News outlets inform me that people everywhere are rushing to hardware stores and stocking up on shovels. The weather advisory I keep checking to see when the snow is supposed to stop advises people to stock up on water, food, and other emergency supplies in their car. I absorb this information with an air of incredulity. Yes, the airy snow combined with gusting winds will create blizzard-like conditions, and it’s probably not a great idea to go driving in these conditions, but at the end of the day, it’s just six to nine inches of snow.

I explain all this to my mother, who looks concerned. My flagrant disregard for nature’s destructive powers has that effect.

Perhaps it is because I have not experienced true hardship in the face of natural disasters that allows me to still view out-of-the-ordinary meteorological events as an event of novelty. It’s exciting when the power goes out, and you have the perfect opportunity to play board games in the dark. Watching the pine trees tilt sideways from hurricane-force winds can keep me occupied for a good fifteen minutes while the sound of a torrential, monsoon-like downpour falling on windowpanes and rooftops is just so, so soothing. While you won’t find me storm-chasing, I will run to catch a glimpse of an approaching tornado, just to see what it looks like, before fleeing in terror down into a windowless basement.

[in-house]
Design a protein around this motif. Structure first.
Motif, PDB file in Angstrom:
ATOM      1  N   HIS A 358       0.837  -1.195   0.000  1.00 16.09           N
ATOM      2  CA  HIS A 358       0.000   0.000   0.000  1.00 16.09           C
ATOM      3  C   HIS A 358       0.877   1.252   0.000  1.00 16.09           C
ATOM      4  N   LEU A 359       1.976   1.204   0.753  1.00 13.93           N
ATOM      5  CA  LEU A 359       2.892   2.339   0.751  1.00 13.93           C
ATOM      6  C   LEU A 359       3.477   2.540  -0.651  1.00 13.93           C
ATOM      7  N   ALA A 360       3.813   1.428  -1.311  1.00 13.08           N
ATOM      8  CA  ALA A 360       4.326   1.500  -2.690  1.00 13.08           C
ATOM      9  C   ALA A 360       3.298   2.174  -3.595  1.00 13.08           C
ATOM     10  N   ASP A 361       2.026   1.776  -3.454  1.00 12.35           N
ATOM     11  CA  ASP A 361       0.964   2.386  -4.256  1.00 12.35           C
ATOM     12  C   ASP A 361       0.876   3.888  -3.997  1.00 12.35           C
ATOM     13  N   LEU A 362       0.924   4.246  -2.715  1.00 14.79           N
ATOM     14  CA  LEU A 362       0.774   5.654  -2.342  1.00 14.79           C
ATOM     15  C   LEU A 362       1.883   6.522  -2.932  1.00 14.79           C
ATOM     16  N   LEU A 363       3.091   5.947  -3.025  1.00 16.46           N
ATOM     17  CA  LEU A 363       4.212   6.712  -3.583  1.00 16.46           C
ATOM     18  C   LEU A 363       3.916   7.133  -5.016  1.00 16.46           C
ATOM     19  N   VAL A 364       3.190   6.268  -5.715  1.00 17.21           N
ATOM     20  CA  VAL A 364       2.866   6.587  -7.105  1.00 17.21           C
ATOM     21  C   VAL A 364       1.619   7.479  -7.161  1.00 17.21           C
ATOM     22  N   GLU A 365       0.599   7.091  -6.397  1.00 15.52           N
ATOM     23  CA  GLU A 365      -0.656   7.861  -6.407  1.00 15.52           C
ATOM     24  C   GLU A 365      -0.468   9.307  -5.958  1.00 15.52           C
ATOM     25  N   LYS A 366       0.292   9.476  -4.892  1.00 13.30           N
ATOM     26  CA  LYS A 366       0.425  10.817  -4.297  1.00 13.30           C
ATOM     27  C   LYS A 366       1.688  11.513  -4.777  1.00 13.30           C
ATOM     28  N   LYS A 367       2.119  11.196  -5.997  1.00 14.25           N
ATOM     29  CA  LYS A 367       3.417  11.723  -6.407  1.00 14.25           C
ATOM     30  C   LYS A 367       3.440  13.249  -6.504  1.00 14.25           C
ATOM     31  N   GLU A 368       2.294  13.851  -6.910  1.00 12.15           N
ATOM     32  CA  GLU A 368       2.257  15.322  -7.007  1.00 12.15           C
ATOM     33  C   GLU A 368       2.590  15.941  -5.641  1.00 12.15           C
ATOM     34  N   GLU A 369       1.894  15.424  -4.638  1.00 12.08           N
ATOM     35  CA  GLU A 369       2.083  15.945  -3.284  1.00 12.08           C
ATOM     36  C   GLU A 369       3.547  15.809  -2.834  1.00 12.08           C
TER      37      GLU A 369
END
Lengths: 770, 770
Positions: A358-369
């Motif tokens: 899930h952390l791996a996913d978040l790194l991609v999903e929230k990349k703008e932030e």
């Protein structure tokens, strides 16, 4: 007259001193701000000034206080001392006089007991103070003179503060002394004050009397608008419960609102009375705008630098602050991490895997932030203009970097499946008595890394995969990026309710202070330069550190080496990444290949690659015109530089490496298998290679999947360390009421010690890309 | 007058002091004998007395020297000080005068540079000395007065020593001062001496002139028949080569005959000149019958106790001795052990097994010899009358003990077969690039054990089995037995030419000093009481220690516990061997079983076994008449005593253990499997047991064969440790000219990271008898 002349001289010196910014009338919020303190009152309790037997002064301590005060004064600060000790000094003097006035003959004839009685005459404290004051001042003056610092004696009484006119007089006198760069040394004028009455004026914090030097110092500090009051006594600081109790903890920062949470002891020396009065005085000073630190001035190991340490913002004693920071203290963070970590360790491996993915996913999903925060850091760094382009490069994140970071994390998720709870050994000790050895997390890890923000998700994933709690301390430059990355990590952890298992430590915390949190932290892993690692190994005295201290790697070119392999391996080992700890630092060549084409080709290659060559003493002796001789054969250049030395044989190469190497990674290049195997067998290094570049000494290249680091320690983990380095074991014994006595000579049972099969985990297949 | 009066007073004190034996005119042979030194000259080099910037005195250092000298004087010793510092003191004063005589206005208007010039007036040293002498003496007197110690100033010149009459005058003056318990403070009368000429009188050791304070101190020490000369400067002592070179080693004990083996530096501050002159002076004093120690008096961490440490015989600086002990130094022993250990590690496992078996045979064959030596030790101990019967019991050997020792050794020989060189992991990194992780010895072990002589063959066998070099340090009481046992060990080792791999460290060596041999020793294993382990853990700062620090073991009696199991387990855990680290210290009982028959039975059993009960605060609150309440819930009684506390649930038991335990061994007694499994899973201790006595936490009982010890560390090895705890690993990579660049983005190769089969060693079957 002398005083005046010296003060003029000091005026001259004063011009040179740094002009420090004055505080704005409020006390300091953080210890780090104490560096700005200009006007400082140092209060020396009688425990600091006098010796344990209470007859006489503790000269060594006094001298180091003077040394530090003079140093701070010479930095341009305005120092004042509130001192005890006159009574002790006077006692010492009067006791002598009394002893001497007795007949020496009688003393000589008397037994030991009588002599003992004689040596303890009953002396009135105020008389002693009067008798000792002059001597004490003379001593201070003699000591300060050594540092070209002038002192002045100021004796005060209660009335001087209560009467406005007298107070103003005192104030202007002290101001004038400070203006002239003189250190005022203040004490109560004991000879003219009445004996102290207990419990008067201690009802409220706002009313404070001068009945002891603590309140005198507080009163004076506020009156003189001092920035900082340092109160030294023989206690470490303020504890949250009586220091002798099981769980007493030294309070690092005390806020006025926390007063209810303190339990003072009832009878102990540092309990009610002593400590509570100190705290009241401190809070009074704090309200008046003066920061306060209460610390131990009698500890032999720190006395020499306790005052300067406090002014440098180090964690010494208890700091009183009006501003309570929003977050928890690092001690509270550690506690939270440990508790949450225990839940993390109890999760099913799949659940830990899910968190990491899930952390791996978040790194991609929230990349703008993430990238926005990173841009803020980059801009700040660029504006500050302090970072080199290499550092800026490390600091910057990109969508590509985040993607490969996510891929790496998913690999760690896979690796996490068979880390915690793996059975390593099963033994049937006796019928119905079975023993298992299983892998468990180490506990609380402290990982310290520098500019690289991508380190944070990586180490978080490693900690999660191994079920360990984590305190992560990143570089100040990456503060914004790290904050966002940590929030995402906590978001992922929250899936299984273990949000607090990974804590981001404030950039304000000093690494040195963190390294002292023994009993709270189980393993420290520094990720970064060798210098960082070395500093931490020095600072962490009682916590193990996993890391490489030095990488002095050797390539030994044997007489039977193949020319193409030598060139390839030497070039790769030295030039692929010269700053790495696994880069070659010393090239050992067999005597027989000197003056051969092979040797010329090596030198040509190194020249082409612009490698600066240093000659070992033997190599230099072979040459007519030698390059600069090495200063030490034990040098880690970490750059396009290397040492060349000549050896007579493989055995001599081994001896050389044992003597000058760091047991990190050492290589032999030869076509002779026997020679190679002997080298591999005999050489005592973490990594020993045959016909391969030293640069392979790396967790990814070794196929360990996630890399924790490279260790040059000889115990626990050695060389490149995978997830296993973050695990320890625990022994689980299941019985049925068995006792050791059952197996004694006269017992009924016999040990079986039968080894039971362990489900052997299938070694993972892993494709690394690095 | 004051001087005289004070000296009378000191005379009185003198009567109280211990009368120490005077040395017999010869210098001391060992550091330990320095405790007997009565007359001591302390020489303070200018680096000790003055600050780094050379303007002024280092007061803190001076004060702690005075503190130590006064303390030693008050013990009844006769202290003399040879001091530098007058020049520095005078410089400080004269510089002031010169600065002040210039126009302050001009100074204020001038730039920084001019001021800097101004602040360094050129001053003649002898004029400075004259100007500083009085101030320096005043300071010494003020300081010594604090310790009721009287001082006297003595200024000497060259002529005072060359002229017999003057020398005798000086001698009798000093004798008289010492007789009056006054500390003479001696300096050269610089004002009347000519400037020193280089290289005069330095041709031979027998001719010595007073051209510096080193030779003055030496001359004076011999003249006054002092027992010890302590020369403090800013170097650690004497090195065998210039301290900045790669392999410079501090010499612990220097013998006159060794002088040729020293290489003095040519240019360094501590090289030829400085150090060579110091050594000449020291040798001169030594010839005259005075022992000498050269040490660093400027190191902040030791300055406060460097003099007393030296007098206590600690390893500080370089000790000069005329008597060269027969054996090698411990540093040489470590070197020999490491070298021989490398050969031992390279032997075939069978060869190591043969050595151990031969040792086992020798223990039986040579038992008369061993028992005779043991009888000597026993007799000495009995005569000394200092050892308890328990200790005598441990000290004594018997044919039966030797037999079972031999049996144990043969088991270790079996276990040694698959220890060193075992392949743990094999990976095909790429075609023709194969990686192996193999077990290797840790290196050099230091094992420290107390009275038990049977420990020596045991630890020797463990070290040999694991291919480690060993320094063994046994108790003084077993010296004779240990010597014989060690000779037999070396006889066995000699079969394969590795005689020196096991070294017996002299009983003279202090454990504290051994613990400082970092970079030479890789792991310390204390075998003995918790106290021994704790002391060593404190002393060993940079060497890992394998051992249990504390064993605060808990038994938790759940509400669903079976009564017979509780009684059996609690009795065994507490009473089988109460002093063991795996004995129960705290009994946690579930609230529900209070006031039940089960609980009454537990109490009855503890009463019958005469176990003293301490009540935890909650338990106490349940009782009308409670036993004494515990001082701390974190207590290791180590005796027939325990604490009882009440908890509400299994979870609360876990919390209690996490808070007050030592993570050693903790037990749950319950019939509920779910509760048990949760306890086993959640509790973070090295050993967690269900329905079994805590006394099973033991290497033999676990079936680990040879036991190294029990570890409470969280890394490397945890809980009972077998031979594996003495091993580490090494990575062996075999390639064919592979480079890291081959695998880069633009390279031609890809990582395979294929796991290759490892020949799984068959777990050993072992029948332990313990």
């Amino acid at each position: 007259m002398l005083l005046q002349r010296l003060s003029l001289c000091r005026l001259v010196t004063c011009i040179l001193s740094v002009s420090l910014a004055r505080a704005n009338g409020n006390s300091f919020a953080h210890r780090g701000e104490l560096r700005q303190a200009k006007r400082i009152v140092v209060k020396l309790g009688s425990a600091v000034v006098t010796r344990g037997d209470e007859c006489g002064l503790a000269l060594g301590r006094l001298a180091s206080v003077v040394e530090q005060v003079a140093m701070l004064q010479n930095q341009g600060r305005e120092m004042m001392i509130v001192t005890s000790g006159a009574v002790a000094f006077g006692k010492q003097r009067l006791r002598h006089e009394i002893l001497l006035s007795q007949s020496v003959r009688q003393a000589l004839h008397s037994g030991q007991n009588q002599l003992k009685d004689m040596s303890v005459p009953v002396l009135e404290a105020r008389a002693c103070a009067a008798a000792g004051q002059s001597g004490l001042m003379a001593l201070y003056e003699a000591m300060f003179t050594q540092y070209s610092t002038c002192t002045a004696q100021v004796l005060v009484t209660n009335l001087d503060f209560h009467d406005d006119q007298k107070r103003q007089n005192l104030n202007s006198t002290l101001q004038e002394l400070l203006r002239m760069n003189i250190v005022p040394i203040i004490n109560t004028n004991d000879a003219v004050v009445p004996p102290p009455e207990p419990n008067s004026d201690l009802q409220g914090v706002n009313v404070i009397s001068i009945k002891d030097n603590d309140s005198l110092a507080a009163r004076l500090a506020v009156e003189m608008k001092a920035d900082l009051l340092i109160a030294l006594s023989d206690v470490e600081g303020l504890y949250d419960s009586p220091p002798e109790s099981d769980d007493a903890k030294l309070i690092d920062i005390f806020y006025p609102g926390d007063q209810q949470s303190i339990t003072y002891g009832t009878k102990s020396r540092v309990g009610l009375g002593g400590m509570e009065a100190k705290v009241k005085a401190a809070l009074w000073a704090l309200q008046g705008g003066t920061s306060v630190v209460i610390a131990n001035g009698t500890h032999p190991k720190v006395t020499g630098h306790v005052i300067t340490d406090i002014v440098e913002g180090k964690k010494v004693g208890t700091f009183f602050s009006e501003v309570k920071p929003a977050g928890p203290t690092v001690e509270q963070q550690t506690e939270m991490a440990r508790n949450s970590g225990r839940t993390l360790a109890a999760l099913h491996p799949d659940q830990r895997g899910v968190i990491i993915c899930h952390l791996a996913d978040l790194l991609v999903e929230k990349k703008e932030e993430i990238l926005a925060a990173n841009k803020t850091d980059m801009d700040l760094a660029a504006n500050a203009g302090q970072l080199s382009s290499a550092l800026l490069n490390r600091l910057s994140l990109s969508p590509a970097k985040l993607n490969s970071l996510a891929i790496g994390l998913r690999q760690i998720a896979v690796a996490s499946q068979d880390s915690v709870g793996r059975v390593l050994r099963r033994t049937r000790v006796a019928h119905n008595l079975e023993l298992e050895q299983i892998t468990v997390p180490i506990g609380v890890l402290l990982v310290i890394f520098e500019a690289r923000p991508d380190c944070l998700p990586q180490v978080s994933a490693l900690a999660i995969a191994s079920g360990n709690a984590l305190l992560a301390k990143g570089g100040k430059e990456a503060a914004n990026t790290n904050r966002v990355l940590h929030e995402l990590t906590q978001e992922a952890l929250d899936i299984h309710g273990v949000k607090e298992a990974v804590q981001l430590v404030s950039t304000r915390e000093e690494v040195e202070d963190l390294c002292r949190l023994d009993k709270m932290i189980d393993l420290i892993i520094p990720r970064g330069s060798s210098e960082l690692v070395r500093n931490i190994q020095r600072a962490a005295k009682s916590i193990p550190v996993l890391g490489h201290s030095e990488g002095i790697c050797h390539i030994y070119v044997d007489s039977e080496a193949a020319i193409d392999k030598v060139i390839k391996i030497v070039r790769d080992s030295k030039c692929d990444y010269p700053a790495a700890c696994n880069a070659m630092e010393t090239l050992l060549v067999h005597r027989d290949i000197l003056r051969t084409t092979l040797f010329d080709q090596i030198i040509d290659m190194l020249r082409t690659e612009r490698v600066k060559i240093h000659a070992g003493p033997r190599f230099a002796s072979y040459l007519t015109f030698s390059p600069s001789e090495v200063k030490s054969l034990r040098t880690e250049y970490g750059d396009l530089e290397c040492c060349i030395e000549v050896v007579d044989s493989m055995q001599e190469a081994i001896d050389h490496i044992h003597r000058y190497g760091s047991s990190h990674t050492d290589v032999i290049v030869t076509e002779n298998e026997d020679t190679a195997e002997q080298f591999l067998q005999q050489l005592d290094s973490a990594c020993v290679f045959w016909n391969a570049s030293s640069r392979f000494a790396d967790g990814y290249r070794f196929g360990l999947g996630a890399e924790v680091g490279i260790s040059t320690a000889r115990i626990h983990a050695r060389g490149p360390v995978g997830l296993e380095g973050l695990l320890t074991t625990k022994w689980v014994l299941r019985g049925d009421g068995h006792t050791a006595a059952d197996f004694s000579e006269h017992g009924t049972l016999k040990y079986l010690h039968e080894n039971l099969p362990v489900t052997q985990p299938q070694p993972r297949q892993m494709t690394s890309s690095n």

Natural disasters simultaneously captivate yet fail to impress me. But at the end of the day, I do not believe in letting weather derail my plans. Of course, the weather could not care less about what I do or don’t believe, so I am left sitting here, wondering what will happen when I wake up tomorrow morning. There’s a grandiosity to daring nature to do its worst or maybe it’s more foolishness because of course, at the end of the day, nature can easily win without much of a fight.

Yet I still roll my eyes when I read another headline about this raging storm while also crossing my fingers. I hope this combination of impertinence and reverence will let the air pressure systems work in my favor. Let the snow fall. Let it thrash wildly into windshields and faces, but also let it drift neatly into piles and let it collapse easily into shovels and melt compliantly into storm drains. Tomorrow morning, I want to see the snow crisp and untouched, but I also hope I can drag my suitcase across it. Think of it as an act of defiance.